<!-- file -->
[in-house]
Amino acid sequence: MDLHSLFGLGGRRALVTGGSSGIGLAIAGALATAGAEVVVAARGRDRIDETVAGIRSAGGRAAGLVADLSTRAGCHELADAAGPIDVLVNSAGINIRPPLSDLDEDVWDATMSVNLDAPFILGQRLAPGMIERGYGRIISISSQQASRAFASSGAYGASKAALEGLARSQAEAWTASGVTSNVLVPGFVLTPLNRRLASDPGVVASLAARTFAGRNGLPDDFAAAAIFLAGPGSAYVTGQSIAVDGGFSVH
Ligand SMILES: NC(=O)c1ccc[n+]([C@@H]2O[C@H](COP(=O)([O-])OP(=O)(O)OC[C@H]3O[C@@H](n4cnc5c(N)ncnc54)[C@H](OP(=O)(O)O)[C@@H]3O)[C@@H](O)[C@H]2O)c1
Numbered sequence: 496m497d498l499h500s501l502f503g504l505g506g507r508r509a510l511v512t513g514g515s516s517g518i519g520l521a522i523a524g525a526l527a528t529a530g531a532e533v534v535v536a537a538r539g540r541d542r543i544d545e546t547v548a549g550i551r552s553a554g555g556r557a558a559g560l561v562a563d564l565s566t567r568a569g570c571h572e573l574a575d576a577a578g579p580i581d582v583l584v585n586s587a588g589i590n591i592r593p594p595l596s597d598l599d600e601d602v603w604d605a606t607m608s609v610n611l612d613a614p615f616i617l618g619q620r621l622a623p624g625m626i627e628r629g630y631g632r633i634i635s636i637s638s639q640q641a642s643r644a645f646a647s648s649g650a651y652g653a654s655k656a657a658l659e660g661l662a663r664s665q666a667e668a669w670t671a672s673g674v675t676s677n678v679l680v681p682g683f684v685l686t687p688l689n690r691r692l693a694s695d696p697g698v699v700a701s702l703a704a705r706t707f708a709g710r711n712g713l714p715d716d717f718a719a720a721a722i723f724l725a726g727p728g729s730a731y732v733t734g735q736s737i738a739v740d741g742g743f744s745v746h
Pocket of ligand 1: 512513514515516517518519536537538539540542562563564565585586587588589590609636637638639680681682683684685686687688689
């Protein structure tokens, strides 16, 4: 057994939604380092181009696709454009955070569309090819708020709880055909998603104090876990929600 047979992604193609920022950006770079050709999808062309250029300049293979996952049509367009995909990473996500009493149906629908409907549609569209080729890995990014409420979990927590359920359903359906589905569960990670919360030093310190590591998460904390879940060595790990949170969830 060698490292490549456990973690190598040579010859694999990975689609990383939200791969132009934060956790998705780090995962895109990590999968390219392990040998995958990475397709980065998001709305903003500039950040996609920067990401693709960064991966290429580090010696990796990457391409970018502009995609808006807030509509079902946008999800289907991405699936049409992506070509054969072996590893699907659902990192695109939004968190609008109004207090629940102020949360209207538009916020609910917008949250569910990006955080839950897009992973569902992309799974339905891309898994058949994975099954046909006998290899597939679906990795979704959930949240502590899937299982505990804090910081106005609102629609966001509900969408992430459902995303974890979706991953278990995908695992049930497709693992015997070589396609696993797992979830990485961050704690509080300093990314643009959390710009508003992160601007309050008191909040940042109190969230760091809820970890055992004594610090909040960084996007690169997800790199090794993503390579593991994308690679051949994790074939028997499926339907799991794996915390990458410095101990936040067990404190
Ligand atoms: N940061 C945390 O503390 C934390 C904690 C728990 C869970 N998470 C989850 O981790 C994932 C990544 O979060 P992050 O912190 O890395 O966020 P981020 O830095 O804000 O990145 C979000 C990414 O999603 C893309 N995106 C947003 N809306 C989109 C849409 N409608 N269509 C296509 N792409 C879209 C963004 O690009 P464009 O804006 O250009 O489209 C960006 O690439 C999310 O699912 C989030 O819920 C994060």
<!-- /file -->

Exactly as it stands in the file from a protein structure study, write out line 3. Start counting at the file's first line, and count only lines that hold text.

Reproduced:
Ligand SMILES: NC(=O)c1ccc[n+]([C@@H]2O[C@H](COP(=O)([O-])OP(=O)(O)OC[C@H]3O[C@@H](n4cnc5c(N)ncnc54)[C@H](OP(=O)(O)O)[C@@H]3O)[C@@H](O)[C@H]2O)c1